It’s Your Ship: Management Techniques from the Best Damn Ship in the Navy
by Michael Abrashoff (2002; Business Plus)
This book isn’t really classic material. In ten years, I’m sure it will be forgotten. But it’s worth reading for a few aspects that make it unique.
It’s written by a former Captain in the US Navy. He commanded the USS Benfold in the late 90s and he had quite a few noteworthy successes.
I think it’s important to seek out people who’ve overcome situations that are markedly different than yours because if something works and you recognize it, it’s probably as close to a universal principle as you’ll see, and you should remember it, or; it’s a solution that’s never been seen in your field before and you should remember it because novel solutions are where it’s at.
In the beginning of the book, Abrashoff outlines the big problems he’s dealing with; the stifling bureaucracy of the Navy, 70% turnover after one tour of duty, and rampant inefficiency. In addition, there is extensive stratification between the servicepeople and the officers, and a culture in which it’s easy to take no chances, do the minimum and bide your time until promotion. (Not even retirement! Promotion!) Initiative is not encouraged, and depending on your superior’s particular philosophy, might even be punished.
Now, does that description sound too different from any aged and respectable corporation? It actually reminds me of an article on the construction trade I read. The business owner who’d been interviewed said that he didn’t mind an economic slowdown because it weeded out the herd and encouraged him to cut the fat wherever it had developed over the prosperous years.
The author also spends a bit of time talking about the type of leader he wanted to be. It’s illustrative to see his evolution; there are many places where he could have turned off the path and played the same game everyone else was playing.
But the story really gets started when he takes command of his own ship. The man he replaced is jeered off the ship, and he admits that his first thought was not compassion, but the awkward hope that he won’t receive the same treatment when his time comes.
Who should read this book?
Anyone who’s ever had to manage a hostile workforce will appreciate Abrashoff’s dilemma, and if you already manage people but have never come across this particular malaise, reading this might help you nip it in the bud, as his initiatives to improve morale demonstrate true leadership, in my opinion.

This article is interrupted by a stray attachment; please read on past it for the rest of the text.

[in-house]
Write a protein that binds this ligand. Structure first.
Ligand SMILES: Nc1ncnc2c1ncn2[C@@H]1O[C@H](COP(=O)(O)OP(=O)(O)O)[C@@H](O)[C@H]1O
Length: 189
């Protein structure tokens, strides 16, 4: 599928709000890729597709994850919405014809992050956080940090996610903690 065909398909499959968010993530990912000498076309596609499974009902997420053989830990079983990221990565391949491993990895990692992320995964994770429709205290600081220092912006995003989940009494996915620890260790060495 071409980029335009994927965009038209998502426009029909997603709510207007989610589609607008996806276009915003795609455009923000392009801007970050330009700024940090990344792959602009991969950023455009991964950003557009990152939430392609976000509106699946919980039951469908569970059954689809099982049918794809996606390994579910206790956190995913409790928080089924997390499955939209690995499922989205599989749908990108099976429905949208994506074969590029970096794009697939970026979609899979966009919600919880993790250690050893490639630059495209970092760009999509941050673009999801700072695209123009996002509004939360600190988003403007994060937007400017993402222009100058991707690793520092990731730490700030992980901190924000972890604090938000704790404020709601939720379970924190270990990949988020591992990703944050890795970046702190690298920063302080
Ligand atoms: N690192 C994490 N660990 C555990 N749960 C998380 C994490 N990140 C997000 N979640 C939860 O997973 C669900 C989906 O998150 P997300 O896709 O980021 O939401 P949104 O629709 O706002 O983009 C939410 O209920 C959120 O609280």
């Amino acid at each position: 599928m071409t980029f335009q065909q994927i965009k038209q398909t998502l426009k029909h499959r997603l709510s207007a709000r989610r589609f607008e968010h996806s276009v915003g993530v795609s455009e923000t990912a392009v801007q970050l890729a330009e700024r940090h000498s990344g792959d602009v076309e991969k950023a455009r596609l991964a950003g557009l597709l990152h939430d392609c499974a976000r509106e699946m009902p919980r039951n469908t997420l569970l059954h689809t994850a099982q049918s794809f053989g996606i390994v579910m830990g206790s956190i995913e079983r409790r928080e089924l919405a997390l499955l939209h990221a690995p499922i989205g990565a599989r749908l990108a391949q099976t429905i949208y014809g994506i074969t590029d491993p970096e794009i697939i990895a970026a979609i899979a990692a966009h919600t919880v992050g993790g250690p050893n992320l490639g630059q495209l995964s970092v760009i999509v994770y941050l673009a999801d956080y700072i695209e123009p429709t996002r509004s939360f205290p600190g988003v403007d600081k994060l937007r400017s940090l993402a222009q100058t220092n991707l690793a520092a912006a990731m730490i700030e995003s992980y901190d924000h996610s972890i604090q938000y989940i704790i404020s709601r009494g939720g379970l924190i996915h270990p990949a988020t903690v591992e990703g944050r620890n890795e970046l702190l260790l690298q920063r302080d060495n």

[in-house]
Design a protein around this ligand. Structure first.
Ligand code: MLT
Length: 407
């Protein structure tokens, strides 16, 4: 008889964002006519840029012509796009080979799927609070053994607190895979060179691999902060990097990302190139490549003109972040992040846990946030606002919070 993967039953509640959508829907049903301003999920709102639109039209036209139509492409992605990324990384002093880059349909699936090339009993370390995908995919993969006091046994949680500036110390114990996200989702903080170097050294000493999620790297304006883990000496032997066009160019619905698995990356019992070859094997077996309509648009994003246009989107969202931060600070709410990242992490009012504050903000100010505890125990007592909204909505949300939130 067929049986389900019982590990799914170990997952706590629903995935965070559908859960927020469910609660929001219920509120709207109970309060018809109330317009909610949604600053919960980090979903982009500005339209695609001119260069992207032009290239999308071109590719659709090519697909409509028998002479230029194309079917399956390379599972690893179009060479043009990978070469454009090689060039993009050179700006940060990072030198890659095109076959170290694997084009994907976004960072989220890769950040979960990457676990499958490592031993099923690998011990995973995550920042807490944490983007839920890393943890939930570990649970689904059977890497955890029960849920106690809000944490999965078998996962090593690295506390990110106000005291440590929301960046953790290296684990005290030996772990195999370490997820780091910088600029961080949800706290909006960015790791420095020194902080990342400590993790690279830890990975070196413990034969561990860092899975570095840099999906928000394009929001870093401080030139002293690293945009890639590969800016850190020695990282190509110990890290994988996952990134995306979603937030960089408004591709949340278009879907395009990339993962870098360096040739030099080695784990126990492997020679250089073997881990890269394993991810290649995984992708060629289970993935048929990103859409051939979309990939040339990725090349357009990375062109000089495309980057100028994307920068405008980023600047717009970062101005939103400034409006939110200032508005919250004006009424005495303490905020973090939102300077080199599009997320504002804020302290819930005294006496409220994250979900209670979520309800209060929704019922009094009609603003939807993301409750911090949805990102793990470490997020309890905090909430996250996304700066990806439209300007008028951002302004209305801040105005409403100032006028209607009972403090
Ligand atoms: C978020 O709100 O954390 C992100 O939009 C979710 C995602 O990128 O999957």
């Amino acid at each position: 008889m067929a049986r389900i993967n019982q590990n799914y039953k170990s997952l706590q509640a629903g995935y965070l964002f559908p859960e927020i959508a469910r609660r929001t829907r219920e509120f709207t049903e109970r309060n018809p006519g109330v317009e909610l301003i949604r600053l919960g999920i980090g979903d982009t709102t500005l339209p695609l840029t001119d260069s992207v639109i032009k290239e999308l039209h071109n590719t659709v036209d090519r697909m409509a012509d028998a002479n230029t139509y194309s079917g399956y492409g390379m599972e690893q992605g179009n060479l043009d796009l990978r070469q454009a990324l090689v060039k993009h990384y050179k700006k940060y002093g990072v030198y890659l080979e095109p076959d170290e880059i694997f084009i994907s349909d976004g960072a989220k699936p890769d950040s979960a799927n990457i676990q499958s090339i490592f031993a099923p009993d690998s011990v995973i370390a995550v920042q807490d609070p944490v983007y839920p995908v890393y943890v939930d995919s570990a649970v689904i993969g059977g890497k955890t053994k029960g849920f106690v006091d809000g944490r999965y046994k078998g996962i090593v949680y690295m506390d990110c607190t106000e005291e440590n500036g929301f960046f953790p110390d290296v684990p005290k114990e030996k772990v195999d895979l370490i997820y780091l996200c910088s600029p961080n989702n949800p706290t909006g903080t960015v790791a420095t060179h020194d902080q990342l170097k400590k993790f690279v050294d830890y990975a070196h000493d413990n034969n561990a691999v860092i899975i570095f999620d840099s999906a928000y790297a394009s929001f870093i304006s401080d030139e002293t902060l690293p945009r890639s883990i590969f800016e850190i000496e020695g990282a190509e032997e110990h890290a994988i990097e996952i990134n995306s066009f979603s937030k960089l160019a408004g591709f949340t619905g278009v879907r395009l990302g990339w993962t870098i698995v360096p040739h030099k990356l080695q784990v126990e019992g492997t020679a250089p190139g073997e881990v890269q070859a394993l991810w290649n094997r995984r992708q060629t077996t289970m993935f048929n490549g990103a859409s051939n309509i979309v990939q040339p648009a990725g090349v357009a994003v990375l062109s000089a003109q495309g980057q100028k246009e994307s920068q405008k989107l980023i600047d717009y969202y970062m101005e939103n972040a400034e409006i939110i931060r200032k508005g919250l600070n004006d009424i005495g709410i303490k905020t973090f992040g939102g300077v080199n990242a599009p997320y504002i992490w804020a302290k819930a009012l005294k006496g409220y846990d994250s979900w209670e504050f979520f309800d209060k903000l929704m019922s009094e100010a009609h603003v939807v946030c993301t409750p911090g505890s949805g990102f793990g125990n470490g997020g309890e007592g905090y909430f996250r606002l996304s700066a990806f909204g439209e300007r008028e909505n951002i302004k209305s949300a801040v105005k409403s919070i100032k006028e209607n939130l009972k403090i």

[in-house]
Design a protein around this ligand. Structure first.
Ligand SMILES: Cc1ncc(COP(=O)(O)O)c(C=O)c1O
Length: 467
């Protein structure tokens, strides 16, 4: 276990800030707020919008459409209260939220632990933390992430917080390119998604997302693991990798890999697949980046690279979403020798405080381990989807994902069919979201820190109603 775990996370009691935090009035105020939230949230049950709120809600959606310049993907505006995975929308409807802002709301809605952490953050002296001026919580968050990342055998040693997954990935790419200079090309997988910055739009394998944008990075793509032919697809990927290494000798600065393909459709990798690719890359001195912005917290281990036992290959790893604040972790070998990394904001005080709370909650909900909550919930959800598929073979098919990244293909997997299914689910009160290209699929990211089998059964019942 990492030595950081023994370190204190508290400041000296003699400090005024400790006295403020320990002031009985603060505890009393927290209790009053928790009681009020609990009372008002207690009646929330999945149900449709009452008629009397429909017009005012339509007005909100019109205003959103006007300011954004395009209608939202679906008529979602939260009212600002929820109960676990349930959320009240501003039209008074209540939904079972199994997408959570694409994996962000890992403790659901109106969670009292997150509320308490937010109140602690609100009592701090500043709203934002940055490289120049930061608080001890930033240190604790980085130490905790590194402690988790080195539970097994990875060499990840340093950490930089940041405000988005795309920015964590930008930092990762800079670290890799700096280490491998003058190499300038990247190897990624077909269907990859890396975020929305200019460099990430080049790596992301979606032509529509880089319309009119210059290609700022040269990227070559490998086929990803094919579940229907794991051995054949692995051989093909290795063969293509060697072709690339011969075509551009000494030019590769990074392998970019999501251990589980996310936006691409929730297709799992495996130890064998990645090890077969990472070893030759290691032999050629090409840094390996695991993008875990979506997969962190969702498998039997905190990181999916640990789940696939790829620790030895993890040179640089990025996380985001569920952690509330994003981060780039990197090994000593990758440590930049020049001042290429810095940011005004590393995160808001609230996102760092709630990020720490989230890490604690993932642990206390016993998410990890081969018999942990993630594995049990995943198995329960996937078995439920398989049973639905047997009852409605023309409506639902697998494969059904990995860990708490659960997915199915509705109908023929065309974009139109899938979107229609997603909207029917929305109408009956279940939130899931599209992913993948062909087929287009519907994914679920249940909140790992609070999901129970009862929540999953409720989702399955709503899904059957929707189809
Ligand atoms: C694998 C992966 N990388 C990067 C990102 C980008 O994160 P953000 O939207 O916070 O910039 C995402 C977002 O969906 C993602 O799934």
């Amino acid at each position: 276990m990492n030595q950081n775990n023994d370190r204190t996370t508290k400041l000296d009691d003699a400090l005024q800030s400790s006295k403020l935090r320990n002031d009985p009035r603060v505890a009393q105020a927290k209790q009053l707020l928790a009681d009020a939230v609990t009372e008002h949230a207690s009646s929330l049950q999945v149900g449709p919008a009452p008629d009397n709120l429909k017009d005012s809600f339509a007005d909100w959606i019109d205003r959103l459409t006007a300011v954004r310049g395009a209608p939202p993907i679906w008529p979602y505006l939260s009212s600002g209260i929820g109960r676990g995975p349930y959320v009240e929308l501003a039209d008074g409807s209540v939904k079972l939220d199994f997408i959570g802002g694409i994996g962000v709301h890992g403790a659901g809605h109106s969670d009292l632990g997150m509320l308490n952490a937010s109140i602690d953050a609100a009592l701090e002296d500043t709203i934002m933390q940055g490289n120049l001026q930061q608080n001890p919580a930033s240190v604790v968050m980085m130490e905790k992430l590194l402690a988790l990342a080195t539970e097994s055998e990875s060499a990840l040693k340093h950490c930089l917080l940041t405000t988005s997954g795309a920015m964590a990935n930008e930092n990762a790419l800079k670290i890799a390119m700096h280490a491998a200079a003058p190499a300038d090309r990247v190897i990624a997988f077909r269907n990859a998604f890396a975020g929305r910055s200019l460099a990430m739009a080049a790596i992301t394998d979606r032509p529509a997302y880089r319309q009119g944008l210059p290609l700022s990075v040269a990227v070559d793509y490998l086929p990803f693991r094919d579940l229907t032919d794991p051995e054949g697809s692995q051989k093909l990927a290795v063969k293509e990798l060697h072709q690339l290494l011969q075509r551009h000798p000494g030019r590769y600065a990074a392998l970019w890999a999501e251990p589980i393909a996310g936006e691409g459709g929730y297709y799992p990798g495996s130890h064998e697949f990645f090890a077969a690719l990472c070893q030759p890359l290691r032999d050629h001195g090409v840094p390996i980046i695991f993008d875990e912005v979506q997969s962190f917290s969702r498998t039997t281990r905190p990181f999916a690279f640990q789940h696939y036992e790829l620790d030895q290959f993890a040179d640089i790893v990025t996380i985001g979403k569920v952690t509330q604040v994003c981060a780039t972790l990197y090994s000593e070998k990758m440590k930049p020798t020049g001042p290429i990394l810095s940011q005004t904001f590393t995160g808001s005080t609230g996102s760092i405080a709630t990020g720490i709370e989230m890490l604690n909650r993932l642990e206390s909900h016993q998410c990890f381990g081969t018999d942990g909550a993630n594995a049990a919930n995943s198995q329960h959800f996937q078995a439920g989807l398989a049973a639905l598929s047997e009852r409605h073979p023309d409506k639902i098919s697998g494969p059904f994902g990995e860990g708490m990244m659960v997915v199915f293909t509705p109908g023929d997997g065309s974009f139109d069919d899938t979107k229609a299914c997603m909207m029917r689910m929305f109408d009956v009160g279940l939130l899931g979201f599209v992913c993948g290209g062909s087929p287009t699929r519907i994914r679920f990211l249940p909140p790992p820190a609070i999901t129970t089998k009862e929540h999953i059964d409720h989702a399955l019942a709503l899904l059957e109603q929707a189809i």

To a lesser extent, it’s just a great read to see what creativity in leadership looks like. It might not change your life, but what else were you going to do with your time, right? Read a Dean Koontz novel?
How much of my life will I give up to read it?
It’s about 200 pages, and it’s a pretty light read; light enough to be read before bed. Not because the lessons are lightweight, but because they’re encased within such engaging stories.
The thing that most struck me about the book was that Abrashoff had to work with exactly what he had and no more. He couldn’t just fire the people who weren’t working out and rehire people that matched ‘the culture’.
In comparison to how many books emphasize how important “building the right team” is, Abrashoff’s crew was very, very ordinary. More than half were there to take advantage of the GI bill. Most of the rest were there because it was the only way out of their neighborhood, city, or homelife that they could see.
In other words, he did not have “the best and the brightest” that everyone supposedly looks for in their company. Nobody on that ship had any real stake in the future of the Navy, or their future in the Navy. In fact, the whole thing was a straightforward transaction; give Uncle Sam a few years of your time and he’ll see you get a college education.
And then you see what he did with them.
That’s real leadership.
The Bottom Line
Like I said, it’s not really a classic, but if you’re tired of cookie-cutter leadership manuals and you want to read something a bit different, I would look up this book. It’s just the sort of thing I like to read; insight into another world and a different culture, a reflective narrative about what happened and the thought process that went into the author’s actions, and a series of takeaways that might be fruitfully applied to my own problems.